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Civil Society, Civil Religion

ISBN: 978-0-631-19758-4
264 pages
September 1995, Wiley-Blackwell
Civil Society, Civil Religion (0631197583) cover image
Civil Society, Civil Religion pioneers an essentially new genre of theology: a form of pure civil theology, on a systematic basis. It is an important and original book, in significant respects carrying forward the debate initiated by John Milbank's Theology and Social Theory , albeit in a very different way.
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Introduction.

Part I: Negative Revelation: .

A. Hannah Arendt.

1. Isonomy.

2. Auctoritas.

3. The Life of the Mind.

B. Simone Weil.

1. Deracinement.

2.'The Absolute Good.'.

Part II: Religion, Civility and Faith:.

A. Against Confessional Exclusivism.

1. Truth as Subjectivity.

2. Faith versus 'Religion'.

3. Affinity Group / Open Forum.

B. Civil Theology in Christendom.

Part III: 'The Solidarity of The Shaken': Civil Theology And Historical Consciousness:.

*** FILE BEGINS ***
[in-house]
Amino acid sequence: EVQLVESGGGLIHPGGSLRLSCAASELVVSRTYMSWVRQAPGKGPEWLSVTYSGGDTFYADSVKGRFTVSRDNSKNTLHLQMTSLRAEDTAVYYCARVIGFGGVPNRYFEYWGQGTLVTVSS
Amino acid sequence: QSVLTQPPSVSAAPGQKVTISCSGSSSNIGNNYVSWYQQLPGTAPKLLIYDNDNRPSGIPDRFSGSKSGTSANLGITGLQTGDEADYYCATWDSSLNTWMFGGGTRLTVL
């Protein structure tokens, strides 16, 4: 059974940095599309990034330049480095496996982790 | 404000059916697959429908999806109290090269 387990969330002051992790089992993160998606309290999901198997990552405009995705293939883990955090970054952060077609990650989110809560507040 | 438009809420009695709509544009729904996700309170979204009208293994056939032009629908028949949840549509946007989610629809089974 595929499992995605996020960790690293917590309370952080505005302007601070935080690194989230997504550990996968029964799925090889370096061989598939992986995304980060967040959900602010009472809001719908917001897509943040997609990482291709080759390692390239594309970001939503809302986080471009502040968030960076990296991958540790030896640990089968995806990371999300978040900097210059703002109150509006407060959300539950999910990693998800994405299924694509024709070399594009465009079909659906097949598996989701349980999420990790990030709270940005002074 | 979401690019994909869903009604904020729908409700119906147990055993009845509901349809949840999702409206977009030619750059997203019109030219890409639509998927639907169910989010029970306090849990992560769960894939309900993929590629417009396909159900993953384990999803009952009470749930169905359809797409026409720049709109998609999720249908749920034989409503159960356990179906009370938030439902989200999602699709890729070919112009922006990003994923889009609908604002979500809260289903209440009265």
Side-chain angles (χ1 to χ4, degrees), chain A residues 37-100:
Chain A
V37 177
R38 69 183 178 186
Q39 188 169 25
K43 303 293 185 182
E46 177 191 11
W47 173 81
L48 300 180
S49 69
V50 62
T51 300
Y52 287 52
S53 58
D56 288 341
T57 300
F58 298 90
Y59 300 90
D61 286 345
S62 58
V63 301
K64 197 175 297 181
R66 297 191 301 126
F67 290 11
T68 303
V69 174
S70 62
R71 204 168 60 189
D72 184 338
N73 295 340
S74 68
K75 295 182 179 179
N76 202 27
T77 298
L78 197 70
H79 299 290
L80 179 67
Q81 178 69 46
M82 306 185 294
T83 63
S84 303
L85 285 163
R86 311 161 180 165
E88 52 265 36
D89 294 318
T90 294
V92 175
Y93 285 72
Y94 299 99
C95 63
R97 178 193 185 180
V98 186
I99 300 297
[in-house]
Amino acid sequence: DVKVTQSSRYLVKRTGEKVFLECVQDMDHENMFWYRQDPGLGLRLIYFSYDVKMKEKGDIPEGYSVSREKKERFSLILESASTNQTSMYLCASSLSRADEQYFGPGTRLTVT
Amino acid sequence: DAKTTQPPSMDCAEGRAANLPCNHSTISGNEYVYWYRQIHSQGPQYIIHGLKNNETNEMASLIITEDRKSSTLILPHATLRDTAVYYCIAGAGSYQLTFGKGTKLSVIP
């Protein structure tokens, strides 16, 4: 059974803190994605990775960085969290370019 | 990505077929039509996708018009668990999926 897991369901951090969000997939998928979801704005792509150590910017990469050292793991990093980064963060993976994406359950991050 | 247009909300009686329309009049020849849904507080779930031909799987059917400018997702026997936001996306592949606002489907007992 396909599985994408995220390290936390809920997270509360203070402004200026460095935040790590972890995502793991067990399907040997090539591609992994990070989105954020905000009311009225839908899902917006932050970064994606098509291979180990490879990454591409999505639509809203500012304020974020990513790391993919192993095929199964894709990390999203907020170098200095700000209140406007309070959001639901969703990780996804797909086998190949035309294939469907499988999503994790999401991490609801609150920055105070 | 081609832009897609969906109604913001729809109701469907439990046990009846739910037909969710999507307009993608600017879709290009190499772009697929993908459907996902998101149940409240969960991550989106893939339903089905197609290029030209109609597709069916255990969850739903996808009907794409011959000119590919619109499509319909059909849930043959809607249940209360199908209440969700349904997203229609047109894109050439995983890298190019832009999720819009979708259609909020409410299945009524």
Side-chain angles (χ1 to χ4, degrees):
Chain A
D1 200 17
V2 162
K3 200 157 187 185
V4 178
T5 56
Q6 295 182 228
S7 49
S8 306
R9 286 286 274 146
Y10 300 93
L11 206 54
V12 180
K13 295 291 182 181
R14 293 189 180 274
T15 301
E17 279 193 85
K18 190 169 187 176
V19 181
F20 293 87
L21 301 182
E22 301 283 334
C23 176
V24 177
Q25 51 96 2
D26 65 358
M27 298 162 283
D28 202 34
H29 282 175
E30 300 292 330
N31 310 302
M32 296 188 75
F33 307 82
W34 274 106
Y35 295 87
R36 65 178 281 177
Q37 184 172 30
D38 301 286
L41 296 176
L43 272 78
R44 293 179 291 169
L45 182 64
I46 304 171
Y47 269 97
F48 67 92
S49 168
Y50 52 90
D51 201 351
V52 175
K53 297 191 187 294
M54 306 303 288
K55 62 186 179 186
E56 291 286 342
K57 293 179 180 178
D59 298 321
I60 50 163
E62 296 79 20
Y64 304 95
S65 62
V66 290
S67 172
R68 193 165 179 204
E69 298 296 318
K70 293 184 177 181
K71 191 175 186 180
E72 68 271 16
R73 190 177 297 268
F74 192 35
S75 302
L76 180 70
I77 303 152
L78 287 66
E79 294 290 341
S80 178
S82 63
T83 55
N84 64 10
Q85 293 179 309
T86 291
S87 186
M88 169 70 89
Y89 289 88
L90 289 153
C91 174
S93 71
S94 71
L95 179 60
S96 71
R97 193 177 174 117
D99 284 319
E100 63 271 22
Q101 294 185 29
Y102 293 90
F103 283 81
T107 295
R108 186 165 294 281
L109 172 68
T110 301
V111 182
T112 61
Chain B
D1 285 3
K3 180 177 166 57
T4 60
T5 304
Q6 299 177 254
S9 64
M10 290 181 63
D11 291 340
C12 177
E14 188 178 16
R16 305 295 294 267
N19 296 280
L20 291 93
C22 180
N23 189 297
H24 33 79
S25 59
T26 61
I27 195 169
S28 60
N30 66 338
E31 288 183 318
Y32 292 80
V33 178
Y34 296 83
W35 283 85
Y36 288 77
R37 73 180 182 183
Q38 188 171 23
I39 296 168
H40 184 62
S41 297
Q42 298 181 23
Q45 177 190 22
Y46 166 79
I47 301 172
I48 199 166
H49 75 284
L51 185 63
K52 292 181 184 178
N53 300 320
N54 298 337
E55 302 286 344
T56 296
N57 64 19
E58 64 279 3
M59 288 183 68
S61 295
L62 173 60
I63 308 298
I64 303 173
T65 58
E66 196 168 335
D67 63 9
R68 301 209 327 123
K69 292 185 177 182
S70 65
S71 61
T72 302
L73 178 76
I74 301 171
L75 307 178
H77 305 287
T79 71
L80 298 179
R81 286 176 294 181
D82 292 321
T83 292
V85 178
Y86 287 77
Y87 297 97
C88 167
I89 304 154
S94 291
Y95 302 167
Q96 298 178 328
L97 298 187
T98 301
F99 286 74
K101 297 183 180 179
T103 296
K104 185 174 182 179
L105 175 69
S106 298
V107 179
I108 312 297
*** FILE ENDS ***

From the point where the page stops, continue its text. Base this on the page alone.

A. Jan Patocka's Meta-history of Historical Consciousness.

B. The History of 'Nihilism'.

C.'Nur Noch ein Gott...'.

Part IV: The Virtues Of Discernment:.

A. Free-spiritedness (Heidegger, Hegel, Nietzsche).

B. Flair for Tradition (Hegel).

C. Transcendent Generosity (Levinas).

Part V: 'Anti-Politics'.

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Andrew Shanks is Maurice Reckitt Teaching Fellow in the Department of Religious Studies at Lancaster University. He has also worked as a school teacher in Ethiopia and Egypt, and as a Church of England parish priest in Leeds. His previous book, Hegel's Political Theology, was published in 1991.
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* Attempts to develop an essentially new genre of theology which asks how theology can best contribute to moral and political debates.
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"The question of religion and civil society is becoming central for all critical discourse. Andrew Shanks' new book approaches it with a European breadth of seriousness." John Milbank, Peterhouse, Cambridge

"This book is written with wit, passion and clarity; not the least important thing about it is its thorough immersion in the wider European world of culture and politics. It should be read by anyone concerned for the future of a genuinely democratic politics in our society, as well as by anyone who still looks to religious language to offer a point of moral reference in times of violence." Rowan Williams, Bishop of Monmouth, Wales

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